A Southerner by birth, Gaines Ruger Donoho spent most of his life far from his native region. He was born in Church Hill, Mississippi, a plantation community on the bluffs of the Mississippi River, eighteen miles north of Natchez. His father died in 1860 and, four years later, he and his widowed mother were rescued by Union cavalry and taken to Vicksburg. Soon afterward, they settled in Washington, D.C., where he attended a private preparatory school.
Ruger Donoho—as he preferred to be known—studied at the State Normal School in Millersville, Pennsylvania, from 1874 to 1876, and for a short while was employed by the Office of the Government Architect. He also may have studied painting with Robert Swain Gifford, as well as Jervis McEntee. In 1878, he went to New York and enrolled at the newly founded Art Students League where William Merritt Chase and Walter Shirlaw were his instructors.
After only one year, Donoho departed for Paris and undertook a conservative course of study at the Académie Julian. During the summer months, he ventured to Étaples on the northern coast of France and the Barbizon area. Grez-sur-Loing, near the forest of Fontainebleau, was a favorite destination and while there he delighted in the rustic ambience and inexpensive accommodations. Donoho thrived during his seven years abroad and, between 1881 and 1886, his paintings were regularly accepted at the Paris Salon.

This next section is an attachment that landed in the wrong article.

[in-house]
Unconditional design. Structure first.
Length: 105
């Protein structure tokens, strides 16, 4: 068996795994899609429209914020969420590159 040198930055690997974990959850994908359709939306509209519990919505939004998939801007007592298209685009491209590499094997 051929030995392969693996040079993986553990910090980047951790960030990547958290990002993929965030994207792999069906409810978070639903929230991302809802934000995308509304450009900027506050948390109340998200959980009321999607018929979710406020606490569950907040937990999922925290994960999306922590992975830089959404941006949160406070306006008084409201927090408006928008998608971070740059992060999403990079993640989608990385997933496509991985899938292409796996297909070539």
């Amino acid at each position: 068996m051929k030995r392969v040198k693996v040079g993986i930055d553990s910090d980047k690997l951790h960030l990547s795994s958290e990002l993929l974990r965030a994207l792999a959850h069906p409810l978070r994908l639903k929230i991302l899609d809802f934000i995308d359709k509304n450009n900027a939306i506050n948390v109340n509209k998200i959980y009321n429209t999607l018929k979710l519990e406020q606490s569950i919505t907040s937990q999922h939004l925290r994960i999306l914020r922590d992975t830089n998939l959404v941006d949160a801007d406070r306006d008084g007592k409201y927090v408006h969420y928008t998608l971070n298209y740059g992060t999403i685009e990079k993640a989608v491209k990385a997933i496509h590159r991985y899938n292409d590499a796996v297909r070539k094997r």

Donoho returned to New York in 1887, but soon found the demands, dirt, and bustle of city life unappealing. In late 1890, he established his primary residence in East Hampton, New York, located about one hundred miles from Manhattan on the eastern end of Long Island. The area enjoyed a colonial past and a bucolic present, and was even called “The American Barbizon.” In 1891, Donoho purchased acreage not far from the town’s historic center and built a substantial house for himself and his new wife.
Once Donoho was settled in East Hampton, his work became more intimate, lighter in palette, and increasingly impressionistic. Eventually, lush flower gardens replaced pastoral scenery as his primary theme. He also painted nocturnal scenes of area houses that recall the work of James Abbott McNeill Whistler. The shift in Donoho’s oeuvre has been attributed to his friendship with the Impressionist painter Childe Hassam, who frequented eastern Long Island and wrote the brochure for Donoho’s memorial exhibition at the Macbeth Gallery in 1916. Donoho’s work can be found in the collections of the Metropolitan Museum of Art, the Brooklyn Museum of Art, and the Mississippi Museum of Art, among others.